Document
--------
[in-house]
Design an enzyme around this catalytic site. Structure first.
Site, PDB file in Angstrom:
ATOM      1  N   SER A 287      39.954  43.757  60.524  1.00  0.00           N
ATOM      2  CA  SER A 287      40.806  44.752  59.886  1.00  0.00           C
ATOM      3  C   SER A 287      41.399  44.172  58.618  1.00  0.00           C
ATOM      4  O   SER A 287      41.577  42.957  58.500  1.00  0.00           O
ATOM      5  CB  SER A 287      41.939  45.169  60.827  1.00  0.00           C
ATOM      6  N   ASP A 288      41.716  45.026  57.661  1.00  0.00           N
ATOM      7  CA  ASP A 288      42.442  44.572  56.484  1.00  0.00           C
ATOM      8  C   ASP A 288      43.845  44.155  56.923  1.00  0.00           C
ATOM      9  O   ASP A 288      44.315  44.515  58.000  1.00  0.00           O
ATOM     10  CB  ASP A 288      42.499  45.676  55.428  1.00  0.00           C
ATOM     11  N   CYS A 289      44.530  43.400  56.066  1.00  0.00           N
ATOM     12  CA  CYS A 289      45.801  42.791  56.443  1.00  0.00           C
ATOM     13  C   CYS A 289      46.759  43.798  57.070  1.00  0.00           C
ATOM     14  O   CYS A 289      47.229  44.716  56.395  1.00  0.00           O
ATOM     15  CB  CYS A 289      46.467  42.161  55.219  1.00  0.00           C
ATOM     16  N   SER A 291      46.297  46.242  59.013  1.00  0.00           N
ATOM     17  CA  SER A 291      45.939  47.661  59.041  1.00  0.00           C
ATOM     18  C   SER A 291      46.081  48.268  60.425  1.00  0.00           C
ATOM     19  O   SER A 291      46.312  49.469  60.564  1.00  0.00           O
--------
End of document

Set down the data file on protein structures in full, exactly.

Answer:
[in-house]
Design an enzyme around this catalytic site. Structure first.
Site, PDB file in Angstrom:
ATOM      1  N   SER A 287      39.954  43.757  60.524  1.00  0.00           N
ATOM      2  CA  SER A 287      40.806  44.752  59.886  1.00  0.00           C
ATOM      3  C   SER A 287      41.399  44.172  58.618  1.00  0.00           C
ATOM      4  O   SER A 287      41.577  42.957  58.500  1.00  0.00           O
ATOM      5  CB  SER A 287      41.939  45.169  60.827  1.00  0.00           C
ATOM      6  N   ASP A 288      41.716  45.026  57.661  1.00  0.00           N
ATOM      7  CA  ASP A 288      42.442  44.572  56.484  1.00  0.00           C
ATOM      8  C   ASP A 288      43.845  44.155  56.923  1.00  0.00           C
ATOM      9  O   ASP A 288      44.315  44.515  58.000  1.00  0.00           O
ATOM     10  CB  ASP A 288      42.499  45.676  55.428  1.00  0.00           C
ATOM     11  N   CYS A 289      44.530  43.400  56.066  1.00  0.00           N
ATOM     12  CA  CYS A 289      45.801  42.791  56.443  1.00  0.00           C
ATOM     13  C   CYS A 289      46.759  43.798  57.070  1.00  0.00           C
ATOM     14  O   CYS A 289      47.229  44.716  56.395  1.00  0.00           O
ATOM     15  CB  CYS A 289      46.467  42.161  55.219  1.00  0.00           C
ATOM     16  N   SER A 291      46.297  46.242  59.013  1.00  0.00           N
ATOM     17  CA  SER A 291      45.939  47.661  59.041  1.00  0.00           C
ATOM     18  C   SER A 291      46.081  48.268  60.425  1.00  0.00           C
ATOM     19  O   SER A 291      46.312  49.469  60.564  1.00  0.00           O